While YouTube has over a billion downloads, yours are in few millions. How do you compete?
We have 5 million downloads, which is small compared to YouTube. Many of our users have historically come from the browser side; the app part will rise now. We have 100 million active free users globally, small compared to YouTube. We are focusing on providing the best experience for consumers in these markets. When we went on the subscription model, people said no one pays. But on mobile subscription for video, we are far ahead.
Are there other revenue models apart from subscription and advertising?
Right now, 90% of our revenues come from subscription while the balance 10% is made up by advertising.
How do you compete with Hotstar and Spool, which are advertising heavily?
Hotstar, Eros Now and Spool are putting in significant amount of money in above-the-line and digital advertising. We continue to invest in consumer experience. Our 100 million users are doing it without us spending any money to get them. If you look at all these guys and see the uninstalled rate, it is very high. It’s a leaky bucket when you get a million downloads and 90% uninstall.
And how do you plan to compete with social networks like Facebook pushing video content?
We look at Facebook as an interesting partner. Yes, it is doing a lot of videos, but it is driving it through advertising. They are looking to monetise video inventory. Our video inventory is of a premium variety. Facebook is putting its software development kits (SDKs) into other people’s apps. The value that can be provided on Facebook can now be provided on third-party sites like ours. It is as much in Facebook’s interest, as they are running short of video inventory. They have more ad dollars to spend than video inventory to put it on. YouTube has the biggest video inventory and they don’t need Facebook. So they are after as many folks that can provide premium video inventory because Facebook alone cannot keep up the ad sales that their team is pulling up, which needs video inventory.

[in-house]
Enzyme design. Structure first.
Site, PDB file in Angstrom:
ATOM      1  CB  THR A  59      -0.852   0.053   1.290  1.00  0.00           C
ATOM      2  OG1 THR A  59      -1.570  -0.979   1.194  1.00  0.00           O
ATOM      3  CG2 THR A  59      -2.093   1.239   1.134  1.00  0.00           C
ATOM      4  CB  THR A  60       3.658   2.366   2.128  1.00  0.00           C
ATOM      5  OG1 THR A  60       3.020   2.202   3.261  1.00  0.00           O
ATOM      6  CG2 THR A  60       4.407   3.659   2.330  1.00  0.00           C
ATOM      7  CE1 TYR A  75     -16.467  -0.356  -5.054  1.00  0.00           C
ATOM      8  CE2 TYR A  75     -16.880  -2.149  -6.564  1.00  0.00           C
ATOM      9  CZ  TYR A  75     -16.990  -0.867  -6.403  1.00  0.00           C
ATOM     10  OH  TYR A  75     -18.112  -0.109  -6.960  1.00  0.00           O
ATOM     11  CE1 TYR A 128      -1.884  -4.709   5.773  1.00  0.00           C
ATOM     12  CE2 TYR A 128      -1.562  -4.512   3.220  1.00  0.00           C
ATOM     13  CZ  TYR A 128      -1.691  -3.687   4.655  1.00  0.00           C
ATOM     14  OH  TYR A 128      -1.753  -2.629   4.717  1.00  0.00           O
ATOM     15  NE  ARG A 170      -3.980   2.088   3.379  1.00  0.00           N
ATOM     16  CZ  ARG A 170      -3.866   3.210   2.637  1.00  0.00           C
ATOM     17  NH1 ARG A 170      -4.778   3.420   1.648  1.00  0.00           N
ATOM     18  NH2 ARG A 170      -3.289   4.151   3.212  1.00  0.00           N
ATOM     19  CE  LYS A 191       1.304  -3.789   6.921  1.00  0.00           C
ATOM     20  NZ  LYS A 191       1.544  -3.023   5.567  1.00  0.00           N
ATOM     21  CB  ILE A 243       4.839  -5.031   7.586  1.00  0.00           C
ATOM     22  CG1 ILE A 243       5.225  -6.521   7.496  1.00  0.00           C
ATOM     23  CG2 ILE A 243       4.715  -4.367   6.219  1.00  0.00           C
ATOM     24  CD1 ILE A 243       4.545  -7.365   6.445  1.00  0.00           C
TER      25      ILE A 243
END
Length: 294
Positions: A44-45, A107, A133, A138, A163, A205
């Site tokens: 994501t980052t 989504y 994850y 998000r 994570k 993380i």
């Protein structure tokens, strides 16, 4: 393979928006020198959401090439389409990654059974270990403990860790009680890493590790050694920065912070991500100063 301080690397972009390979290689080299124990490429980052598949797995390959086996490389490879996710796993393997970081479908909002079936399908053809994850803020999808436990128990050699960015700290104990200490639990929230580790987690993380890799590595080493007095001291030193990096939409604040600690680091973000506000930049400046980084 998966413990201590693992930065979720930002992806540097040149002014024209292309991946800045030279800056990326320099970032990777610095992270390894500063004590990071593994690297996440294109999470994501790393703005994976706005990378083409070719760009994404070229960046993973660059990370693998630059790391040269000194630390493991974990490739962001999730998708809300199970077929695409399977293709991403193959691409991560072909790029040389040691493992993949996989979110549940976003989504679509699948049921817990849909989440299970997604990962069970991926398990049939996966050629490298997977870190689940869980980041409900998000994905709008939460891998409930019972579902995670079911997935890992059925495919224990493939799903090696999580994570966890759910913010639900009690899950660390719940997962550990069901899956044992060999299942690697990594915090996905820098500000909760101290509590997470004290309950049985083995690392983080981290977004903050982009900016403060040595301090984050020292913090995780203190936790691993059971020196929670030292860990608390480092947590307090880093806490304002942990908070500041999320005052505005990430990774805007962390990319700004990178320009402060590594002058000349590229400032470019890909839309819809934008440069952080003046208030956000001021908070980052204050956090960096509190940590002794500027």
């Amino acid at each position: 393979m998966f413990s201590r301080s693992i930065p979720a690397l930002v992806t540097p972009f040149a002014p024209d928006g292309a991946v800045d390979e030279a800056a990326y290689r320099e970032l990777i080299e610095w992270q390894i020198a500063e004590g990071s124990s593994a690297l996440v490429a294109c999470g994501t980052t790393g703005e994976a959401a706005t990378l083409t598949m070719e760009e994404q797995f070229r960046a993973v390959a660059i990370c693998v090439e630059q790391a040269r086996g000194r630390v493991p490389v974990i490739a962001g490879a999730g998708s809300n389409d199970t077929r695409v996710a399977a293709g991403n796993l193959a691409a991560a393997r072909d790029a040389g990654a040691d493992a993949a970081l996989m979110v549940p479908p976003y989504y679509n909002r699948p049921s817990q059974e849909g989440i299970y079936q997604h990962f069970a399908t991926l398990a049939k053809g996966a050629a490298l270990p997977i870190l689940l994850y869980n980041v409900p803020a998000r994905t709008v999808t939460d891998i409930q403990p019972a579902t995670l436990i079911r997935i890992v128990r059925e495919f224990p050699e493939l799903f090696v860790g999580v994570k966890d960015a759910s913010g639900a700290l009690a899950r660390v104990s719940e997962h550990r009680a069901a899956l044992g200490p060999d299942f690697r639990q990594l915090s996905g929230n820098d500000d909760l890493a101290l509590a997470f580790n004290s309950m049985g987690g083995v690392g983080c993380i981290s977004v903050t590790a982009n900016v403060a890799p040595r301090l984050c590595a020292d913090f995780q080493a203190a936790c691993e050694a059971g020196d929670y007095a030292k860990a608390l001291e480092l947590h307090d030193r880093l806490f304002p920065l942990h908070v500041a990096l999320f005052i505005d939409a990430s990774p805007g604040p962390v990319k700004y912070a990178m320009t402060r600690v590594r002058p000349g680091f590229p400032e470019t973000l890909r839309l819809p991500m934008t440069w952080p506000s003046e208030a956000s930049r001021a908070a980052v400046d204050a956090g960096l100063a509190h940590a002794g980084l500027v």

India has been an ABC (astrology, Bollywood and cricket) market. Is that the same for you too?
Most people believe that since Bollywood and cricket do well on all platforms, they will do well on mobile too. But our data shows it need not necessarily be true. In India, cricket is big, but when it comes to watching a full match live, the average time spent by the consumer is just 20-27 minutes. On mobiles, most consumers don’t have long session times, because a mobile doesn’t lend itself to long session time. We’ve seen 90% of sessions are of 10-15 minutes. It’s largely humour, stand-up comedy and sports highlights that people watch in 10 minutes. It’s no different in the US. It’s a very romantic notion to believe that whatever I watch on TV, I will watch on the mobile.
Do you have revenue-sharing agreements with operators?
Operators want to drive data, but that can be done only by video. To watch two movies, you need 2 GB, but not for a Facebook post. While we may never have a full data share, we will soft bundle or hard bundle video with the data pack. You already pay for a 2 GB data pack; the carrier will throw in video as part of the package. But that means taking money out of the existing pack. In the hard bundle, if you are paying $1 for a data pack, by paying $1.2 you can get a video pack that would otherwise have cost 30 cents. That is more popular.